Donald Bryson, state director of Americans for Prosperity-North Carolina, thinks otherwise. He applauded Senate passage and urged the House to follow suit.
“This bill will protect individuals and families currently paying North Carolina’s lowest tax rate in decades from lawmakers who only see spending increases and tax hikes,” Bryson said.
The potential effect on the state’s credit rating is another aspect lawmakers should consider.
“I believe that this bill puts our triple-A bond rating at risk,” Sen. Jay Chaudhuri, D-Wake, said. “It hamstrings our state’s ability to increase revenue.” He said having to depend on a sales tax means relying on a regressive tax. A lowering of the credit rating could result in higher interest rates for future bonds.
Two Democrats, Sens. Ben Clark of Hoke County and Joel Ford of Mecklenburg County, joined 34 Republicans in supporting the measure. One Republican, Sen. Tamara Barringer of Wake County, voted against it.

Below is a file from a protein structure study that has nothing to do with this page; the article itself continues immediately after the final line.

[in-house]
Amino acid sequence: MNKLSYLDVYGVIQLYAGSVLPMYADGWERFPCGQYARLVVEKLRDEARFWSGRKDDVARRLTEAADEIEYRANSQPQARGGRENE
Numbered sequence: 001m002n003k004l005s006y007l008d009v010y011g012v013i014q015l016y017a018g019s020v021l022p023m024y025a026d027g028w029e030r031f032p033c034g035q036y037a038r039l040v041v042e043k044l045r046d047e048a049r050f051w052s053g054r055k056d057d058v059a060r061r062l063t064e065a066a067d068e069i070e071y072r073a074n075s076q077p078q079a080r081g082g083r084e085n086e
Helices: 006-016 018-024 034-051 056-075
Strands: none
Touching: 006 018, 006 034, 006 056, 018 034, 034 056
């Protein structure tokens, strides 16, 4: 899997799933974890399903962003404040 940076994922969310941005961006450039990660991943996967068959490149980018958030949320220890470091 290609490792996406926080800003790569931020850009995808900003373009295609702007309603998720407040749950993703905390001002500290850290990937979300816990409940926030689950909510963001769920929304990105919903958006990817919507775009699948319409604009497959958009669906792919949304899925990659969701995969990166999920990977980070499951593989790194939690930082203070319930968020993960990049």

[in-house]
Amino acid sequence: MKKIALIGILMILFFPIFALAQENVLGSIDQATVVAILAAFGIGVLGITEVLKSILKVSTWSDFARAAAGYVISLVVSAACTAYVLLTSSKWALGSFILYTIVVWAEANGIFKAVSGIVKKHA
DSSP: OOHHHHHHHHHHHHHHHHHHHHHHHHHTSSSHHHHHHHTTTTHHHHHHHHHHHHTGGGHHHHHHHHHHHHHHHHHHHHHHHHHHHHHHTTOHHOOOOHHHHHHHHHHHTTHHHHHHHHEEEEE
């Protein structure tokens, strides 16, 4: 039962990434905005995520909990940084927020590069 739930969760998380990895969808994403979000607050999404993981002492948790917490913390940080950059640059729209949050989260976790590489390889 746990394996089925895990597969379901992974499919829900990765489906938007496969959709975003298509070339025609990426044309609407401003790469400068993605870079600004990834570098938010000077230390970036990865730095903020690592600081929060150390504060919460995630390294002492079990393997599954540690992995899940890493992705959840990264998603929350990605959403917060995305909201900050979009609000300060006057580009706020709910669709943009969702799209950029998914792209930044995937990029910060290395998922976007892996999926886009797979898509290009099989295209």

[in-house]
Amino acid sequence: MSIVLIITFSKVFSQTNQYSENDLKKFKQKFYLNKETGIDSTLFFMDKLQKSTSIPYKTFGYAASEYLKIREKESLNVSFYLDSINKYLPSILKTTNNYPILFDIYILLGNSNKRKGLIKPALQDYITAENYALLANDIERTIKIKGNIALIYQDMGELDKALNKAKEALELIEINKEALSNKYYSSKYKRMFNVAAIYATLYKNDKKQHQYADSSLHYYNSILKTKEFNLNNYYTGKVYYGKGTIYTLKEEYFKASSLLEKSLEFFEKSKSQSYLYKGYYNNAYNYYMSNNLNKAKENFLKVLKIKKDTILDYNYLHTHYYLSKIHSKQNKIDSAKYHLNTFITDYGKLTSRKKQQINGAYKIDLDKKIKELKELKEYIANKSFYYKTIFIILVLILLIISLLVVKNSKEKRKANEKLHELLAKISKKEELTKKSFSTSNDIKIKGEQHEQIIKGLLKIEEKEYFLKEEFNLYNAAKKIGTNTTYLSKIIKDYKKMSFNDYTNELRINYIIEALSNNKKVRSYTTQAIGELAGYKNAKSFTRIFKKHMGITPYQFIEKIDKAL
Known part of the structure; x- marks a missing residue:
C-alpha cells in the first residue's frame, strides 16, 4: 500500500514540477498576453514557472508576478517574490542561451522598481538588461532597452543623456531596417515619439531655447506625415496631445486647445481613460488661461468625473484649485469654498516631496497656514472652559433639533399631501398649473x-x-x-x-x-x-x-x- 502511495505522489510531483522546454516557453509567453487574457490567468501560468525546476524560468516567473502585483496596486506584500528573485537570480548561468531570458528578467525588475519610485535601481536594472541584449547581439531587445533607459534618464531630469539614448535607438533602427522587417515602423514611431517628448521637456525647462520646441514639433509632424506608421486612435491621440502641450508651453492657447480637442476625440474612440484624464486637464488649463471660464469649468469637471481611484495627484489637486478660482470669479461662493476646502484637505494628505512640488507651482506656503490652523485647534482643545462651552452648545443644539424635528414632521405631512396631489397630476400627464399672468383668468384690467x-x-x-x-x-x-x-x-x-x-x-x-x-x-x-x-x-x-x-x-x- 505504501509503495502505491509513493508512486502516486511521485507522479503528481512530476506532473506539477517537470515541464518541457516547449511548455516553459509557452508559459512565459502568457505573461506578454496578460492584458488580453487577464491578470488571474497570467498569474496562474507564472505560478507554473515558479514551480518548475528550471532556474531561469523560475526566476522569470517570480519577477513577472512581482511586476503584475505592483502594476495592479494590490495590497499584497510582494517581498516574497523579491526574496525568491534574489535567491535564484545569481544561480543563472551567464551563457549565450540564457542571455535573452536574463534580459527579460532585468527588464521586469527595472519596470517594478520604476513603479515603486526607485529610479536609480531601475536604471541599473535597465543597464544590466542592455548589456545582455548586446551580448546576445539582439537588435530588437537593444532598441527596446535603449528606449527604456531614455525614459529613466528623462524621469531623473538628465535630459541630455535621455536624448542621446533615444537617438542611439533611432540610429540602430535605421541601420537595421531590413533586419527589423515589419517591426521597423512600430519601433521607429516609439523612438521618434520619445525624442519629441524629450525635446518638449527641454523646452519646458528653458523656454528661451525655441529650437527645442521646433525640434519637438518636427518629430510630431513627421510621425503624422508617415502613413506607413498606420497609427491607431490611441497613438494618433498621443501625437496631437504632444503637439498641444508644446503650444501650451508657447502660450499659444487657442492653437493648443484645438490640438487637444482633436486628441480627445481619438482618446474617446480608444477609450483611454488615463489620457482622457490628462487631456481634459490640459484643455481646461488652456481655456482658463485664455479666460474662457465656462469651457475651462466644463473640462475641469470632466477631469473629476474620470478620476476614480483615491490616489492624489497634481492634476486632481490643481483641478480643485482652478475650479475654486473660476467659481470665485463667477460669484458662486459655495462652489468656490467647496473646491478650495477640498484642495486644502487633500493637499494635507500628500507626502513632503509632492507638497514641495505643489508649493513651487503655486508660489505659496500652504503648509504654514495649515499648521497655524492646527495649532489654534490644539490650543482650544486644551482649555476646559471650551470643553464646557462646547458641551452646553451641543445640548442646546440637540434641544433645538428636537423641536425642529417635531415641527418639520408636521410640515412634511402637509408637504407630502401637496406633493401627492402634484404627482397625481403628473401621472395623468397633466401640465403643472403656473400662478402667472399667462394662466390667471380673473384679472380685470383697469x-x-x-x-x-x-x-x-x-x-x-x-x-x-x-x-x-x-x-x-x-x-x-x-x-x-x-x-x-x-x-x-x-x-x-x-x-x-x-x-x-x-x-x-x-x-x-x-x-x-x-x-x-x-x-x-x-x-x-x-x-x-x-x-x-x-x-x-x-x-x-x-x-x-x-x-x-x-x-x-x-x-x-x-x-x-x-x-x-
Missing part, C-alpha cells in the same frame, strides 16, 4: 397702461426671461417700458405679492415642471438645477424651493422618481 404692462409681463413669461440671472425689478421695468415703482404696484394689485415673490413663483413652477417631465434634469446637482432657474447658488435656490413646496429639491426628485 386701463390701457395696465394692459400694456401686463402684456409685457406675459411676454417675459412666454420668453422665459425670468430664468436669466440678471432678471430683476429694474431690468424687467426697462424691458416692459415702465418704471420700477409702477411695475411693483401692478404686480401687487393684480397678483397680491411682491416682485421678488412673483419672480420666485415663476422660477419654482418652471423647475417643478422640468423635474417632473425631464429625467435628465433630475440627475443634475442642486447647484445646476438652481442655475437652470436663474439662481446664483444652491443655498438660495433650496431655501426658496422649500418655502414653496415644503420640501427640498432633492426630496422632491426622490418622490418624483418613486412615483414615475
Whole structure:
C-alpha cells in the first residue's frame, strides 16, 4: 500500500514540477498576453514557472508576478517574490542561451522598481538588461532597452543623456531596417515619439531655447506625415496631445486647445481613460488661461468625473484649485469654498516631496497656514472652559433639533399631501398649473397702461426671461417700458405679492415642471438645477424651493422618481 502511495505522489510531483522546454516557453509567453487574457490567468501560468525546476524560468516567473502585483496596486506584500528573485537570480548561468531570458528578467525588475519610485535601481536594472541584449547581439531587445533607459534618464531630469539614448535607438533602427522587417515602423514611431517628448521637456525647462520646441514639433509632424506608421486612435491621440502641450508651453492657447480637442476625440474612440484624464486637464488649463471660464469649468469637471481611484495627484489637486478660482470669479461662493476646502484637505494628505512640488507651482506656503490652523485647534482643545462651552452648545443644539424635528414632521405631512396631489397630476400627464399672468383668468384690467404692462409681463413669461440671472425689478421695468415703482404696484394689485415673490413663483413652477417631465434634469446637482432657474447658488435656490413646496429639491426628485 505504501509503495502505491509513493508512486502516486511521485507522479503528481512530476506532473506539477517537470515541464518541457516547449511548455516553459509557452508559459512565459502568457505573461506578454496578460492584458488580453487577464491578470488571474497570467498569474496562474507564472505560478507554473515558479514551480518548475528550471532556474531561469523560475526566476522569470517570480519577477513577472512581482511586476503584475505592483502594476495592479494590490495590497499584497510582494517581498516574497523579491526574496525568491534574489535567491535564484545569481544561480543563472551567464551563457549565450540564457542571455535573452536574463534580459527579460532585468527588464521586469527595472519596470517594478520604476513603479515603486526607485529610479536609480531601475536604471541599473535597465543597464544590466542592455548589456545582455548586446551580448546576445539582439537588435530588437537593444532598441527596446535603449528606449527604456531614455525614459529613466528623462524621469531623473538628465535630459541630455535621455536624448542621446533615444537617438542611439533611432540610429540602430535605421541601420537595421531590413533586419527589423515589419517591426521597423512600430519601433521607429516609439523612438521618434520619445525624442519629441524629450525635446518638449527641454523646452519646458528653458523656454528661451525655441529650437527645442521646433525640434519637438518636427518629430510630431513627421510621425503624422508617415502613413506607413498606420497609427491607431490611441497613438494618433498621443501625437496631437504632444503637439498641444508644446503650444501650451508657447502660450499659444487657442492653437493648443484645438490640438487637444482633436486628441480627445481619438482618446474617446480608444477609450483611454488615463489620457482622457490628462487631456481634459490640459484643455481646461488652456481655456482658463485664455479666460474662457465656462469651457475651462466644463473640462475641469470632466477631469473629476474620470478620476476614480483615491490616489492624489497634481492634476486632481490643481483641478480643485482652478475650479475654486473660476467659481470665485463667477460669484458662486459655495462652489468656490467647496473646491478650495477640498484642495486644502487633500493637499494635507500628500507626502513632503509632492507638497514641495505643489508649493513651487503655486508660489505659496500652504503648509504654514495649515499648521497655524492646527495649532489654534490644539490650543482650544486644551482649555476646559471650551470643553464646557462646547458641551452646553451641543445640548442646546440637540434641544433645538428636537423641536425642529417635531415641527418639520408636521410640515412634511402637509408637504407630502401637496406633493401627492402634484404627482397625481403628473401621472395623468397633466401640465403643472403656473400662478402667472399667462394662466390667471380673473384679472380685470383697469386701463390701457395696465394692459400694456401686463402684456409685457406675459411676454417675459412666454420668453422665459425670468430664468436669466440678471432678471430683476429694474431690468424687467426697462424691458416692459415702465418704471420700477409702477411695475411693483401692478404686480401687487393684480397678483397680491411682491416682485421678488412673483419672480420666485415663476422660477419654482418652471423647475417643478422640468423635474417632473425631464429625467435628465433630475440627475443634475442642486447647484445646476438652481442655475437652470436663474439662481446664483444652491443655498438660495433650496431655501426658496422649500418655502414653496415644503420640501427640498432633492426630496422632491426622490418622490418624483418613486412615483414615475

Source: Senate approves bill capping income tax rate – Carolina Journal
http://providencecarey.com/?finse=forex-bank-v%C3%A4llingby-%C3%B6ppettider&a7b=b8 forex bank vällingby öppettiderThe liberal media have always had an advantage over conservative media because of their billions of dollars in taxpayer subsidies. But now, if the Trump administration has its way with the budget, the liberal media may be reduced significantly in size. “Public Radio and Television Stations Face New Threat of Budget Cuts” is the headline over a Wall Street Journal article about proposed Trump administration budget cuts to the National Endowment for the Arts (NEA), the National Endowment for the Humanities (NEH) and public broadcasting. These cuts “are being considered to offset the Trump administration’s proposed increase in defense spending,” the paper said.Almost $13 billion has been spent by Congress on the Corporation for Public Broadcasting (CPB) since 1969.The Heritage Foundation’s “Blueprint for Balance: A Federal Budget for 2017,” proposes the complete elimination of the CPB, saving the taxpayers $445 million in fiscal year 2017. The CPB funds public radio and TV.Source: The End of Taxpayer-funded Public Broadcasting?